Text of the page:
If I am doing my job well, I spend a lot of time in the car travelling to see clients, meeting with consultants, and attending industry events. My station of choice (yes, I still listen to the good, old-fashioned radio) is NPR. As with all mainstream and new media, daily, if not hourly, reporting has a focus on unemployment trends[link to White Paper] , on Bureau of Labor Statistics numbers, and on plans from the White House to the State House to “Get America Back to Work.”
But this is not the only story being reported. Within such a challenging market, there has been the explosive and unprecedented growth of technology giants: Apple, Amazon, Google, and Facebook. Alongside the giants, new technology start-ups and future leaders have also emerged: Twitter, LinkedIn, Groupon, and Foursquare. Within a one hour trip I am moving between the economic collapse of the United States, and the world-domination of our country’s technology enterprises.
So how do I deal with this schizophrenic media reality?
I turn off the radio, put down my smart phone, shut off my computer, and focus on the people. Because isn’t that what this is really all about? The people who are looking for work; the people hiring; the people who are pulling the stats; the people who are leading; the people inspiring; the people innovating.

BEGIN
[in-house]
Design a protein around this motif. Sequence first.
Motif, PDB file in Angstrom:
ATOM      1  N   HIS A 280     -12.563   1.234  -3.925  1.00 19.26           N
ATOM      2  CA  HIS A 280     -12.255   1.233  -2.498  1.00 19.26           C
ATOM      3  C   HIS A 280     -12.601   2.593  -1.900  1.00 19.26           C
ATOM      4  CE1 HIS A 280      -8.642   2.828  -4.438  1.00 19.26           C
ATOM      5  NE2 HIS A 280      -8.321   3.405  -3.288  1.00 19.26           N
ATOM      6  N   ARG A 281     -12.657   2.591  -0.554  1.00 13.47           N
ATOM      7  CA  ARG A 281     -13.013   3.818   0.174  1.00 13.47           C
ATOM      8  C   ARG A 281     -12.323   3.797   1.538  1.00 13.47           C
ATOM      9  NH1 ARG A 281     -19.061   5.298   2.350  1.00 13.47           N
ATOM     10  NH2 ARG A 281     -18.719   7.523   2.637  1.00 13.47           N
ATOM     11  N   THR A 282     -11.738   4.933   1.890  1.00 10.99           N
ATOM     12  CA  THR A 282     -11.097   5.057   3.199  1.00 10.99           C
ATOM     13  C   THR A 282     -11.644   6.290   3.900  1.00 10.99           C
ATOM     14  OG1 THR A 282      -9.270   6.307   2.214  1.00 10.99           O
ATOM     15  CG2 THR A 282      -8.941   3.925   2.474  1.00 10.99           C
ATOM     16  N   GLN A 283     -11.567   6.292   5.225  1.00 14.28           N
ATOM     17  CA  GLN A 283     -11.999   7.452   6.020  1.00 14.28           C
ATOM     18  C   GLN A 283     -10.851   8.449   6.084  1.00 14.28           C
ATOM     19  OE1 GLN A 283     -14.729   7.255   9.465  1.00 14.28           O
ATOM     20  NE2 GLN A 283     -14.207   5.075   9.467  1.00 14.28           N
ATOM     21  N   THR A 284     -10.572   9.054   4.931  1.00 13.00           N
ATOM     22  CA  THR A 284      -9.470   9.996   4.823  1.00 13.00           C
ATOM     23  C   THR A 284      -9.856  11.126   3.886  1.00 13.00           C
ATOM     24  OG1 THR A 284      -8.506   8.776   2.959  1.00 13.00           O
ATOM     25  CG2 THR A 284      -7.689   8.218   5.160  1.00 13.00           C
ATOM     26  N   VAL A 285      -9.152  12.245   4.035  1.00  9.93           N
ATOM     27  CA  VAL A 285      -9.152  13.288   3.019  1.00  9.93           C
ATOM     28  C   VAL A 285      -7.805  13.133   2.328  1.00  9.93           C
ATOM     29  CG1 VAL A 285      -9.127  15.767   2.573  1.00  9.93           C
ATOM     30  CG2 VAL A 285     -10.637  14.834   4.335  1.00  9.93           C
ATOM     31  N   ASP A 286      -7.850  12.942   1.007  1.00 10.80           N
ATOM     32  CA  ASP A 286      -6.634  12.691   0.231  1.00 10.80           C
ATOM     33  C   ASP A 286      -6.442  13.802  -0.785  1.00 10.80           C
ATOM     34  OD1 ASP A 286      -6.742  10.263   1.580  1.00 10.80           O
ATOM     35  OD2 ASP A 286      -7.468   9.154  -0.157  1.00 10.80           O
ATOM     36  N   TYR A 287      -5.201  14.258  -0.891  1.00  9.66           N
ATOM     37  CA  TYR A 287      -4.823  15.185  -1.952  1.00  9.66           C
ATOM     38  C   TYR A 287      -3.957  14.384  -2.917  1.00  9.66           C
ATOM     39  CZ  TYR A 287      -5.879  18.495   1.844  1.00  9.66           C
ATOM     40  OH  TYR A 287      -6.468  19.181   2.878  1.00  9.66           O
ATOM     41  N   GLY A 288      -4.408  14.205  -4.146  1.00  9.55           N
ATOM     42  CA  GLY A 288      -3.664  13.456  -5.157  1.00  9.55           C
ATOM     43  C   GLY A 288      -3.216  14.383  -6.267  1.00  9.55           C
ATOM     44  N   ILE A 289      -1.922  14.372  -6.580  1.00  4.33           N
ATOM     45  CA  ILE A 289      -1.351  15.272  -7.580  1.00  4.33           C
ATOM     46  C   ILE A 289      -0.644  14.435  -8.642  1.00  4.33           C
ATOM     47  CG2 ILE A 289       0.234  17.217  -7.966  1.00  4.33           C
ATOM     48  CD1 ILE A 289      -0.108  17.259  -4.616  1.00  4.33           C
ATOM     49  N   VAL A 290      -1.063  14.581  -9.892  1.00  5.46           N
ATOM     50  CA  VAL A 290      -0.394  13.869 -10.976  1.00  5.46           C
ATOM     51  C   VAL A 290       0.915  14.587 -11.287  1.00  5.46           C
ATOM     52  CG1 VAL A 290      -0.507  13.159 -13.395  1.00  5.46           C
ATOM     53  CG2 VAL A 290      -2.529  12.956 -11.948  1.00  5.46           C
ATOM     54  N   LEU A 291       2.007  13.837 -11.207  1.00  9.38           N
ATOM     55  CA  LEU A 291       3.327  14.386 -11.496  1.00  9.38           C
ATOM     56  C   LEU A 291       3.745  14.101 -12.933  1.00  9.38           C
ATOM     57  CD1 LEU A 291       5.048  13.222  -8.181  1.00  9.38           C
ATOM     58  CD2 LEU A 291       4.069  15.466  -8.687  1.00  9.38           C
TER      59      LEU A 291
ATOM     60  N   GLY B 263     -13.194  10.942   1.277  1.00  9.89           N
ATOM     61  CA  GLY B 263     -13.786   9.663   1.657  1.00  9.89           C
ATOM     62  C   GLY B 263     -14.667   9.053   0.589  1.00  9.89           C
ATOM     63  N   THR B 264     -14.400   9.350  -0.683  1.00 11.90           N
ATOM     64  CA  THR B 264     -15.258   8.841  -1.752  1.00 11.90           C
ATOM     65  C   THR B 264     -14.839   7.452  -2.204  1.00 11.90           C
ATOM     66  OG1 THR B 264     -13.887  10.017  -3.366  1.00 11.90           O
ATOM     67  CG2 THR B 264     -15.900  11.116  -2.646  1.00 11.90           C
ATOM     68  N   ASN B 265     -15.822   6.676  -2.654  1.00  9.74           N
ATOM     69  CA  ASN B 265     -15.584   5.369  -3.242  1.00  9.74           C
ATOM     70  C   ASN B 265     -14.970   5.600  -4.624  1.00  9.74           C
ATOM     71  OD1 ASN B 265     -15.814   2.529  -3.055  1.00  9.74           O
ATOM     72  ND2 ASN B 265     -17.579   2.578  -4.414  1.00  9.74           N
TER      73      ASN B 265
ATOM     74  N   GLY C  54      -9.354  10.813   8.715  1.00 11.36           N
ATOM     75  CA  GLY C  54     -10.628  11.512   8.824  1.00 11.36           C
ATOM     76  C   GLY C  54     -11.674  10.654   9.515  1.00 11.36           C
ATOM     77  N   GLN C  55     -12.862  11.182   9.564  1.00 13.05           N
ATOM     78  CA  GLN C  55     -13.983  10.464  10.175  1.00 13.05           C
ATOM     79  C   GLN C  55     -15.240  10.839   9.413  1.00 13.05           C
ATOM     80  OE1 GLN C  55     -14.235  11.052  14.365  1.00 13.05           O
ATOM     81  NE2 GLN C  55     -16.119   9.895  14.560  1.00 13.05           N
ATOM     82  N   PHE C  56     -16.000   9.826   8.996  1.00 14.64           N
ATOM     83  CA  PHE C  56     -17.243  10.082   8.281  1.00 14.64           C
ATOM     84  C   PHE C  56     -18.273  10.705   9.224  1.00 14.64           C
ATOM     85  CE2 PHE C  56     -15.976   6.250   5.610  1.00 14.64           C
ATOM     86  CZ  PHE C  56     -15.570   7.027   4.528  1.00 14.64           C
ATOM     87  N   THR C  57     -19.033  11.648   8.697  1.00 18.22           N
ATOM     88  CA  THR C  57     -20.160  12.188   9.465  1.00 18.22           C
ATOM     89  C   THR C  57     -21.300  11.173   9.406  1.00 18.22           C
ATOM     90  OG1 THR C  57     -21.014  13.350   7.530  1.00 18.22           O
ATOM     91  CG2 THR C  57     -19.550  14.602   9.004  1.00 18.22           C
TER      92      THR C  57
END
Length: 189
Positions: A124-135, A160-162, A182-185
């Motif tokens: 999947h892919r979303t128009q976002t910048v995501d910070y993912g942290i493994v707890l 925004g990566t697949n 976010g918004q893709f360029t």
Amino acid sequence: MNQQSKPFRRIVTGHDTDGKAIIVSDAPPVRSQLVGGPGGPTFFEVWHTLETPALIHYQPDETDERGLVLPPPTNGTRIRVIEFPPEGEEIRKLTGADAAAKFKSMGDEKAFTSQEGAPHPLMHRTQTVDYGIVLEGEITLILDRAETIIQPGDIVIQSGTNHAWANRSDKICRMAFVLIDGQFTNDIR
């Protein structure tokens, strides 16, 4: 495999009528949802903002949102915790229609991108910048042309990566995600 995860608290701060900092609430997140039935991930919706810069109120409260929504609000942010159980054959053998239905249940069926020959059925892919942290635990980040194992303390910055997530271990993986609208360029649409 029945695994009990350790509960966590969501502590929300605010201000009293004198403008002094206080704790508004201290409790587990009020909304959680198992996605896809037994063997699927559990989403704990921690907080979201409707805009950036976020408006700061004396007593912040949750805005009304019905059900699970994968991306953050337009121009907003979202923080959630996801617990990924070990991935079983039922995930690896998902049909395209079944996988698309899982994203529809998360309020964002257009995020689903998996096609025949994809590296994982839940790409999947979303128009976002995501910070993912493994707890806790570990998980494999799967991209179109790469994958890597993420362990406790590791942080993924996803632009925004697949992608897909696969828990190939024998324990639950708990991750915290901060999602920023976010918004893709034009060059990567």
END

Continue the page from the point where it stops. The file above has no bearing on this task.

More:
Author Name – Stephanie Ranno
Title – Branch Manager
Location – Baltimore, MD
Twitter – @stephranno
Byline – Stephanie has spent the last 7 years in the creative recruiting and staffing industry, building relationships with amazing talent and innovative corporations. At the core she is a renaissance gal, who thrives with too many things on her plate. Hence: student of emerging media trends, manager of an outstanding recruitment team, local actress on the stages of Baltimore, certified group fitness instructor, and wife and mother (though last, certainly not least in importance)